I have a page that i need to get the source to use with BS4, but the middle of the page takes 1 second(maybe less) to load the content, and requests.get catches the source of the page before the section loads, how can I wait a second before getting the data?

r = requests.get(URL + self.search, headers=USER_AGENT, timeout=5 )
    soup = BeautifulSoup(r.content, 'html.parser')
    a = soup.find_all('section', 'wrapper')

The page

<section class="wrapper" id="resultado_busca">

6 Answers 6


It doesn't look like a problem of waiting, it looks like the element is being created by JavaScript, requests can't handle dynamically generated elements by JavaScript. A suggestion is to use selenium together with PhantomJS to get the page source, then you can use BeautifulSoup for your parsing, the code shown below will do exactly that:

from bs4 import BeautifulSoup
from selenium import webdriver

url = "http://legendas.tv/busca/walking%20dead%20s03e02"
browser = webdriver.PhantomJS()
html = browser.page_source
soup = BeautifulSoup(html, 'lxml')
a = soup.find('section', 'wrapper')

Also, there's no need to use .findAll if you are only looking for one element only.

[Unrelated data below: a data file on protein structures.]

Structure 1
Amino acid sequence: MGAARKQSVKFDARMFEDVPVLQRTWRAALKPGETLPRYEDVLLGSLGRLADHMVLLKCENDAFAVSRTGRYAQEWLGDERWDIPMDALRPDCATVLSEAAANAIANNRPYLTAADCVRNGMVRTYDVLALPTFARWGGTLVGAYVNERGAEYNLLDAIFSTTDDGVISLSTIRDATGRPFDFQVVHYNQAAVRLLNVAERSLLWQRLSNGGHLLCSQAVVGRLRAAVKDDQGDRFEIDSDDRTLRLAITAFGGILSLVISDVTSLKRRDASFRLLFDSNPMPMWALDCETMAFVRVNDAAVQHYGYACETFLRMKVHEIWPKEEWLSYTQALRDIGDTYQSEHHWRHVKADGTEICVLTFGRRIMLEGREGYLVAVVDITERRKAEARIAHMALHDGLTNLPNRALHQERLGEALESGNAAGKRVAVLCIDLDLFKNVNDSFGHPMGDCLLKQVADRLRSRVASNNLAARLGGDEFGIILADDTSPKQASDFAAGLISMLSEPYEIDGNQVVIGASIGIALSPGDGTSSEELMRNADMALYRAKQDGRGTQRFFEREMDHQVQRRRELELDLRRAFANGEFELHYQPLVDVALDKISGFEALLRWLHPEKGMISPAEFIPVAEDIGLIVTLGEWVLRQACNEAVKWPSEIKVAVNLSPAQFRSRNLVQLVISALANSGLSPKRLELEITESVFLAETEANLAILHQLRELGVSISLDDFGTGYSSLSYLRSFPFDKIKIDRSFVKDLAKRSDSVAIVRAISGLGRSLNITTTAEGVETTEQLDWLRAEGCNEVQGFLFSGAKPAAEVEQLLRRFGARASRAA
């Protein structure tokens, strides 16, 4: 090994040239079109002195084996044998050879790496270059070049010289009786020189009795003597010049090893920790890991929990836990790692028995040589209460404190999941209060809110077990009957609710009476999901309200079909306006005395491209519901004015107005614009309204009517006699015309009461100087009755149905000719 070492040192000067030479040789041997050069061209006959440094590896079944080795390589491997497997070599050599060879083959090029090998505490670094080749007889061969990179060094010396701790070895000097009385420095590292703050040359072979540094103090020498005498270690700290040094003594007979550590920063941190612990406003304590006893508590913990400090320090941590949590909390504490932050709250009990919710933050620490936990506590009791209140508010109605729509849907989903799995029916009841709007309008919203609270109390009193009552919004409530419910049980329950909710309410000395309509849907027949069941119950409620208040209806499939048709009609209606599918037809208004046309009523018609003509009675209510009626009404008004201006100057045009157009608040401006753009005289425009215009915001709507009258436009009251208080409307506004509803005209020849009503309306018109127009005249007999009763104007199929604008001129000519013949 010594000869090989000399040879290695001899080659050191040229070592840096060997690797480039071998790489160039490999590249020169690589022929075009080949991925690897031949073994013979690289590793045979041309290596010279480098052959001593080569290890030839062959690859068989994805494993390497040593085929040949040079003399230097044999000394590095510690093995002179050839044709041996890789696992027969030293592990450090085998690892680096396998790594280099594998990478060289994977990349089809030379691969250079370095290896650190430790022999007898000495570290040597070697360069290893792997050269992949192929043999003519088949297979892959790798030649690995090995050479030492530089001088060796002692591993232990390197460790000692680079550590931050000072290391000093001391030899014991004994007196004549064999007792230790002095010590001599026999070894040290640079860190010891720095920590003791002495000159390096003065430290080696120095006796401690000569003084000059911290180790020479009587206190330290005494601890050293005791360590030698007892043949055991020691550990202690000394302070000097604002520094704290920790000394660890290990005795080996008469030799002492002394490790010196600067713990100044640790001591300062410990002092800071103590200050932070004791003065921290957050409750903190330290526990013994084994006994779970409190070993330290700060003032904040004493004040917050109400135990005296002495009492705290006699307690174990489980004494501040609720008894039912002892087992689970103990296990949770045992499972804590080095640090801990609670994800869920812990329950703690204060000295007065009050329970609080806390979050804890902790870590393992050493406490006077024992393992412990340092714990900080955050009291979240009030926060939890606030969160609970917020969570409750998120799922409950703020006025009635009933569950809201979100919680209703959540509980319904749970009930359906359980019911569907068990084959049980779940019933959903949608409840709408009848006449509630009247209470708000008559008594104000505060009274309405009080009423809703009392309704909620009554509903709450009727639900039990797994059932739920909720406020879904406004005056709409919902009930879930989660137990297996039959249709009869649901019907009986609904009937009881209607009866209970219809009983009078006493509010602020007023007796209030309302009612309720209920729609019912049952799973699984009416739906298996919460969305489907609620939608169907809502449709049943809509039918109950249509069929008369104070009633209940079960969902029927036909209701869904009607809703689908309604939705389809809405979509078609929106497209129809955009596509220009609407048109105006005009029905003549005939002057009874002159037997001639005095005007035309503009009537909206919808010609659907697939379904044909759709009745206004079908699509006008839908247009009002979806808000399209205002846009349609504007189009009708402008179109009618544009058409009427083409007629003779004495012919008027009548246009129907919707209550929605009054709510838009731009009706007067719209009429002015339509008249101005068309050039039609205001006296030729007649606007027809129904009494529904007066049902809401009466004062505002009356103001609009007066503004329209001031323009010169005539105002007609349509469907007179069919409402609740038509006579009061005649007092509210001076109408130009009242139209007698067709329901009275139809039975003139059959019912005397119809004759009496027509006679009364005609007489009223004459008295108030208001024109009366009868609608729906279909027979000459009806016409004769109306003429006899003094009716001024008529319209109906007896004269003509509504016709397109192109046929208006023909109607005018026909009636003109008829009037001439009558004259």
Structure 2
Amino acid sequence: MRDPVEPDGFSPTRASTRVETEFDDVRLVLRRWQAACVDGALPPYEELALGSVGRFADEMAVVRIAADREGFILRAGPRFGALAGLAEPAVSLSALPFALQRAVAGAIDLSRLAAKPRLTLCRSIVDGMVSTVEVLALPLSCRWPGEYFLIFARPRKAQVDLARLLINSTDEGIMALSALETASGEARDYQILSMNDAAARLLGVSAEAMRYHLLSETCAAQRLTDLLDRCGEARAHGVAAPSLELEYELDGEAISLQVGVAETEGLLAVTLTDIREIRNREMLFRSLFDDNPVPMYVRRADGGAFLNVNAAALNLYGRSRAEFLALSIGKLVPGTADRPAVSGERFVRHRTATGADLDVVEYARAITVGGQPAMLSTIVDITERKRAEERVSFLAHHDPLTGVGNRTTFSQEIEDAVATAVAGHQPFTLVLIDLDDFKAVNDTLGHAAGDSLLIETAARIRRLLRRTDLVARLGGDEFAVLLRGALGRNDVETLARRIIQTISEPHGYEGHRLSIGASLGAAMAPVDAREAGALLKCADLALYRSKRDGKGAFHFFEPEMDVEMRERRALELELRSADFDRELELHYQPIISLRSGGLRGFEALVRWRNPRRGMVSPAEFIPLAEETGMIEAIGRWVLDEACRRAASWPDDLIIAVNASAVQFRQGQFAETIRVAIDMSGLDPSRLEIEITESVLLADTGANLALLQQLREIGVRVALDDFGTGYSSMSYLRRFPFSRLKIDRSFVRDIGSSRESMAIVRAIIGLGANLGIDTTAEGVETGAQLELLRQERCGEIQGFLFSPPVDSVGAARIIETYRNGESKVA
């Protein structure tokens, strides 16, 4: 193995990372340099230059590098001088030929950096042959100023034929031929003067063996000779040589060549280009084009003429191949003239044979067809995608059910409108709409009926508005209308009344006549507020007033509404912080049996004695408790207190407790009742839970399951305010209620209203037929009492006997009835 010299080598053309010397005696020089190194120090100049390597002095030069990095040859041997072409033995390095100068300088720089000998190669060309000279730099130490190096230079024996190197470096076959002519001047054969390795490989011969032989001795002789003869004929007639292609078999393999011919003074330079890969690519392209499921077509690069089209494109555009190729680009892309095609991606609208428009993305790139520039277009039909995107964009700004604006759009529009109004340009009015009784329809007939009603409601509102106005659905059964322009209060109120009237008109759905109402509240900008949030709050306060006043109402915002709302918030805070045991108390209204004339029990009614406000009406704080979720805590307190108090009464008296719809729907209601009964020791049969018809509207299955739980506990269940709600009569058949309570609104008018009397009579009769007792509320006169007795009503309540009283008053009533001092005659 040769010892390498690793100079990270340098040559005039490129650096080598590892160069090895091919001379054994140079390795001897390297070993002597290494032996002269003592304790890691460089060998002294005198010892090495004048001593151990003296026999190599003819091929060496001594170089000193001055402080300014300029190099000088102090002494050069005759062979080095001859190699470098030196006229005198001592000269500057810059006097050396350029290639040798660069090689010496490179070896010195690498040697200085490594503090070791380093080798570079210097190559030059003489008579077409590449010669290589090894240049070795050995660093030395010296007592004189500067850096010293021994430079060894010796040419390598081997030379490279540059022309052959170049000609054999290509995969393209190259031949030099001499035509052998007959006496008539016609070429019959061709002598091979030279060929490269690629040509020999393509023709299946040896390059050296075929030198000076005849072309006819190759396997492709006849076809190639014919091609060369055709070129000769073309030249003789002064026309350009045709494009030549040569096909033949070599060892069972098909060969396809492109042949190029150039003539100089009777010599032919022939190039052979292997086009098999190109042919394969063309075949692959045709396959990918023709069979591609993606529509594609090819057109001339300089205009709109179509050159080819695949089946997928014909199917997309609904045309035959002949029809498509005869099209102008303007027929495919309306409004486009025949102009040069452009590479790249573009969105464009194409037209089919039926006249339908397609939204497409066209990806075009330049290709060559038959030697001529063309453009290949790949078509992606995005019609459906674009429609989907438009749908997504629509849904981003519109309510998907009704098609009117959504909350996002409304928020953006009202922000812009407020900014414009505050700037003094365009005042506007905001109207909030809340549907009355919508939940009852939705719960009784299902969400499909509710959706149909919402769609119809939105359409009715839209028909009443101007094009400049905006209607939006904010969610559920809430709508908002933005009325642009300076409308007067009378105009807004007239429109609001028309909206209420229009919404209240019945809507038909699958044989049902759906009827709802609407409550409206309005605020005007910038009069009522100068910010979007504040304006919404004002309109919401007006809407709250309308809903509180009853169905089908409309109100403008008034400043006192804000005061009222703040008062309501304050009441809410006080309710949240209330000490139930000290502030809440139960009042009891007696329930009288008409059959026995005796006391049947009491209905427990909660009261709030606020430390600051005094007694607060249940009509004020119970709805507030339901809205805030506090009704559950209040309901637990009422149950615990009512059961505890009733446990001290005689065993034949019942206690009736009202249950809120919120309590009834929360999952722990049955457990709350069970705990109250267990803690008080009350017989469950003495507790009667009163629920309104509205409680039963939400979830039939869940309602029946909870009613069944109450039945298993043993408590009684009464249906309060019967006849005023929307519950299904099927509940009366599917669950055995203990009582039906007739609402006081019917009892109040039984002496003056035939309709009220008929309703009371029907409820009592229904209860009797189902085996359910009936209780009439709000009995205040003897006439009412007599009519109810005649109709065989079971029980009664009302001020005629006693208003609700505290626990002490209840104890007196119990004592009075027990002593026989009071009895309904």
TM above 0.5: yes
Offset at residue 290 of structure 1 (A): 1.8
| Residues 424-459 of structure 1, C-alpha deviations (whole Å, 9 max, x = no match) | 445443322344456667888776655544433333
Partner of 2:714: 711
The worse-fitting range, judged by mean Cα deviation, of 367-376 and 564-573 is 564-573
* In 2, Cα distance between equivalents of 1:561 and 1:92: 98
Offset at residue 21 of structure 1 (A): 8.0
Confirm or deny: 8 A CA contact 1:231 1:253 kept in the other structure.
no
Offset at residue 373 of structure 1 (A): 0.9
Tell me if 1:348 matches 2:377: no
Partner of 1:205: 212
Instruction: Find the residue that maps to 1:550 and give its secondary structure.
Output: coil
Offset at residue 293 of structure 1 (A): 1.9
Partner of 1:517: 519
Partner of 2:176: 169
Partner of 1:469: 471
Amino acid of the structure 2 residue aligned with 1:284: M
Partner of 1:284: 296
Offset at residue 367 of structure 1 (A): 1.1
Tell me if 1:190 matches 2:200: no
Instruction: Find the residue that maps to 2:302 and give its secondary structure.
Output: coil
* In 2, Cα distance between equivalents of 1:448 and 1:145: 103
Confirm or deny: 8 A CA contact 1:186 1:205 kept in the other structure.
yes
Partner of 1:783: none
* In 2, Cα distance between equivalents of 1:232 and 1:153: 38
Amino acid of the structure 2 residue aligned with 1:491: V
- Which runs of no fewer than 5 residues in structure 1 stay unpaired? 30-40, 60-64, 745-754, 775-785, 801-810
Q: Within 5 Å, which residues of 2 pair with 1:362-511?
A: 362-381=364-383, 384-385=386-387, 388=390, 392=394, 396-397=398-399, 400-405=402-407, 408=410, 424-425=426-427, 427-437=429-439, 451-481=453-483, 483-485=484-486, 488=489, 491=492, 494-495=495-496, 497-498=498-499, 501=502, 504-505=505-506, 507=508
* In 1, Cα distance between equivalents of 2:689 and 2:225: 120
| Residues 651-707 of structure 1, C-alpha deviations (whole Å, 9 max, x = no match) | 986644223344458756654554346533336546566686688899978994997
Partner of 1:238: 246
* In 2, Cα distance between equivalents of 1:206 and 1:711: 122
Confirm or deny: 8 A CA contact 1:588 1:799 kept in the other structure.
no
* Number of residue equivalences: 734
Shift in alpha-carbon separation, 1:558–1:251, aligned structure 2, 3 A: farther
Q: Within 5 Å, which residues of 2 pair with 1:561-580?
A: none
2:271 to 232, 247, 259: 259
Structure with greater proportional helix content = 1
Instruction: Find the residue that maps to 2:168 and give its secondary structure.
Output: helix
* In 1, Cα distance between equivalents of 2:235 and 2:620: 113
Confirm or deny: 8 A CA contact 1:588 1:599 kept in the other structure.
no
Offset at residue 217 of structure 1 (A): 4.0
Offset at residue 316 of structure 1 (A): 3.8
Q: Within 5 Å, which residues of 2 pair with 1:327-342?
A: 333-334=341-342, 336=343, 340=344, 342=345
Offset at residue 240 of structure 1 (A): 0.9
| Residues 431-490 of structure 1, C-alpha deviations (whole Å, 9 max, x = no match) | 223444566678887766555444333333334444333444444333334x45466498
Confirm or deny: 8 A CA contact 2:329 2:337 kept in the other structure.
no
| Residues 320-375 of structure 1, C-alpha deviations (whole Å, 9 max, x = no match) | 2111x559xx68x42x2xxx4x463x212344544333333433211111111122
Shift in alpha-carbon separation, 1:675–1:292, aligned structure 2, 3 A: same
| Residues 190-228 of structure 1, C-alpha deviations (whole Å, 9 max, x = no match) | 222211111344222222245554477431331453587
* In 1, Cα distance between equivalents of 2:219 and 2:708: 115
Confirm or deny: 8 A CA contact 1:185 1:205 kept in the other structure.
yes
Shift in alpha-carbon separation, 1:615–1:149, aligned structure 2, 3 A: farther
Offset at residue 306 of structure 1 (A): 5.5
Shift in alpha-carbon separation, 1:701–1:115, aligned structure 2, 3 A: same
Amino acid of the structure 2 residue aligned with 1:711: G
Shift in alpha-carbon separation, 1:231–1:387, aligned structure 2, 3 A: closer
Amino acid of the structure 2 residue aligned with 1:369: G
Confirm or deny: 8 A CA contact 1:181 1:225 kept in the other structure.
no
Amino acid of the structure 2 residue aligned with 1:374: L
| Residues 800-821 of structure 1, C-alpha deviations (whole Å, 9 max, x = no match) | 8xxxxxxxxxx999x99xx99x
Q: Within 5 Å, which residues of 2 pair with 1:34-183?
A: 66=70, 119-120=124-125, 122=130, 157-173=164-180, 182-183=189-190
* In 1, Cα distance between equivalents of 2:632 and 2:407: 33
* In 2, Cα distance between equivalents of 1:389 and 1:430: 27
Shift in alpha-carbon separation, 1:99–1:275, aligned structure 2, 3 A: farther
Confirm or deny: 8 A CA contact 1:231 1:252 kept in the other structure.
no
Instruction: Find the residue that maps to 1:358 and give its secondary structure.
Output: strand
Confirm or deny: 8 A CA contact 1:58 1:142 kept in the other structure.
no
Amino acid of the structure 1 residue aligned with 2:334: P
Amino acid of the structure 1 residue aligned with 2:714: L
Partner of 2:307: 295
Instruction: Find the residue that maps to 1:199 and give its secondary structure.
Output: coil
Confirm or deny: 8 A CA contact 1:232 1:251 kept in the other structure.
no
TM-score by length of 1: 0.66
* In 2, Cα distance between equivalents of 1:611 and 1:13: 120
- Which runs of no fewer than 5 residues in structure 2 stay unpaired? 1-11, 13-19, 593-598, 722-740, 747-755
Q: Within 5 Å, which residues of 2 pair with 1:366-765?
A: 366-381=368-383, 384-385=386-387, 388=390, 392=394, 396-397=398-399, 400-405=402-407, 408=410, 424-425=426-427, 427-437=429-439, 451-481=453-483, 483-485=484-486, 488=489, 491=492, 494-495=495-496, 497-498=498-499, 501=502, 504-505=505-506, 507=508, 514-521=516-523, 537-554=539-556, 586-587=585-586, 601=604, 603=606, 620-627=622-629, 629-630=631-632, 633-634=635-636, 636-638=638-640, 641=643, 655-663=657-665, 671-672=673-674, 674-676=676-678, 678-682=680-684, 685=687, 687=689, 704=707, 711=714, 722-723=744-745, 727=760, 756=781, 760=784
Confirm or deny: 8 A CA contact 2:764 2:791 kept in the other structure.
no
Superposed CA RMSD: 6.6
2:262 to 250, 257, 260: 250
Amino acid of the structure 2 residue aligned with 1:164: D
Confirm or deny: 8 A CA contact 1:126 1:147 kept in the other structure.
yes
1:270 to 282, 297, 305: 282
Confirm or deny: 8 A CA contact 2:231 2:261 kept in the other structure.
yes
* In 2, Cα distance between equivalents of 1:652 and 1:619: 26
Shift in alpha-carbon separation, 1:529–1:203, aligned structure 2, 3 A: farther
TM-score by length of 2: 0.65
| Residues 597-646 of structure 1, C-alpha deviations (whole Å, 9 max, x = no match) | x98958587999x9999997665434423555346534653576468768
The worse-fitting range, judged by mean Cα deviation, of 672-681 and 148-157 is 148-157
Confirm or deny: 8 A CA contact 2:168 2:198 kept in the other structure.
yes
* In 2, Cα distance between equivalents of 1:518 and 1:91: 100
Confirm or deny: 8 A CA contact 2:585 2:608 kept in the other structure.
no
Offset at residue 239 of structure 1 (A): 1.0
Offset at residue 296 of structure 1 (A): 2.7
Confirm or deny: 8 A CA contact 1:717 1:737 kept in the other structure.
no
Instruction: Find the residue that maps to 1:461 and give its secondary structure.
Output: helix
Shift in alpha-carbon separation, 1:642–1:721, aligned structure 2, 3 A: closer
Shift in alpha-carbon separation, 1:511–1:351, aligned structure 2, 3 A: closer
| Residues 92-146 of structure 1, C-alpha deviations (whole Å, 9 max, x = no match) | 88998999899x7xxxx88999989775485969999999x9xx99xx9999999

• 24
    Update: Selenium support for PhantomJS has been deprecated, you should use headless versions of Chrome or Firefox instead. Jun 18, 2018 at 22:41
  • 1
    @SethConnell So how would one tackle this problem?
    – 3kstc
    Mar 18, 2020 at 2:41
  • 1
    @3kstc Try this
    – demongolem
    Apr 1, 2020 at 22:28
  • in case you need to wait before fetching HTML code, add import time and insert time.sleep(5) after browser.get(url)
    – Noname
    Mar 10, 2022 at 5:01
  • 1
    @Noname that's totally incorrect. how is that gonna change the request data?
    – greendino
    Apr 24, 2022 at 9:32

I had the same problem, and none of the submitted answers really worked for me. But after long research, I found a solution:

from requests_html import HTMLSession
s = HTMLSession()
response = s.get(url)

# prints out the content of the fully loaded page
# response can be parsed with for example bs4

The requests_html package (docs) is an official package, distributed by the Python Software Foundation. It has some additional JavaScript capabilities, like for example the ability to wait until the JS of a page has finished loading.

The package only supports Python Version 3.6 and above at the moment, so it might not work with another version.

  • 1
    How can we add wait time in it. is there any way? Sep 12, 2021 at 9:43
  • 6